Re: Extropian Religion (was Re: SOC/TECH: GreenStar)

From: xgl (
Date: Wed Jun 28 2000 - 08:50:22 MDT

        to me, there are two major aspects to religion -- the content and
the form.

        one common, perhaps essential, feature of the content of all
religions is an absolute system of values. that is, the believers of the
religion accept certain values on faith alone. i do not feel that this
aspect of religion is amenable to something so decidedly rational as

        on the other hand, i do not want to imply that no absolute value
exists (i do not know whether any does). the extropians, as a group, must
share certain values, and perhaps hold those as self-evident. rationalism
is almost certainly among these. perhaps it could serve as an absolute
meta-value for an extropian religion. however, so far i do not see any
difference between this "religion" and a scientific community.

        i feel if there is anything from religion that would benefit the
extropian movement, it would be the formal aspect. another feature common
to all religions is the practice of ceremony.

        i suspect that all human beings possess an inborn religious
instinct ... a need for purpose and faith ... for the "spiritual." this
aspect of religion is completely oriented to the subjective experience;
one can not say that any sentiment is untrue. perhaps this is what the
scientific community lacks (or rather, wants, but subconsciously and
therefore in-efficiently) and what the extropian movement can provide.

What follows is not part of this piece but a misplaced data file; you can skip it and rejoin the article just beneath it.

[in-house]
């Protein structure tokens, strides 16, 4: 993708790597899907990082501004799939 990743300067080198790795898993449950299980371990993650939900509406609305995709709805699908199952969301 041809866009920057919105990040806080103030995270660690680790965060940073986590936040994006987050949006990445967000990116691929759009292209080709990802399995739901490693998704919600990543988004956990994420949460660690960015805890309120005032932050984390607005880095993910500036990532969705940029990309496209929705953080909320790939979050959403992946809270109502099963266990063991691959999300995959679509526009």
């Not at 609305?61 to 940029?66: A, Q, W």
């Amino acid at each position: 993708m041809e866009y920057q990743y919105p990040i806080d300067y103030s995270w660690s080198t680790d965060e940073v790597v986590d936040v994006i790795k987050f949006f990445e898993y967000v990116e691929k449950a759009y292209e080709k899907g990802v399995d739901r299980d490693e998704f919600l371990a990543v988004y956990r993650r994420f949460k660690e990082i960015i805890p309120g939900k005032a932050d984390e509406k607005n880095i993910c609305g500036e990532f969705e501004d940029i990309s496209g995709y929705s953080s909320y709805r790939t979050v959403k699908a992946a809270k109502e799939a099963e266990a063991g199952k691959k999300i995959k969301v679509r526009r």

if there is anything shared as ubiquitously as rationalism amongst
extropians, it would be a forward-looking attitute, an anticipatory
excitement about the future. indeed, i daresay there is something
spiritual, some "faith" in this sentiment.

        while "faith" may not sound very rational, it becomes so when we
consider ourselves as part of the whole rather than outside it. we are,
after all, still trapped in human brains. human brains need faith; in
fact, faith is probably one of the most powerful motivators (right after

        now then, perhaps extropianism, as the step beyond science, should
provide some ceremony to reinforce its most valuable asset -- the
anticipation, however vague, that the future will be better, will be
_made_ better, than the present. in my opinion, this emphasis on the
formal element would maximize the benefits of religion while minimizing
its many detriments.

disciple of the god who does nothing,

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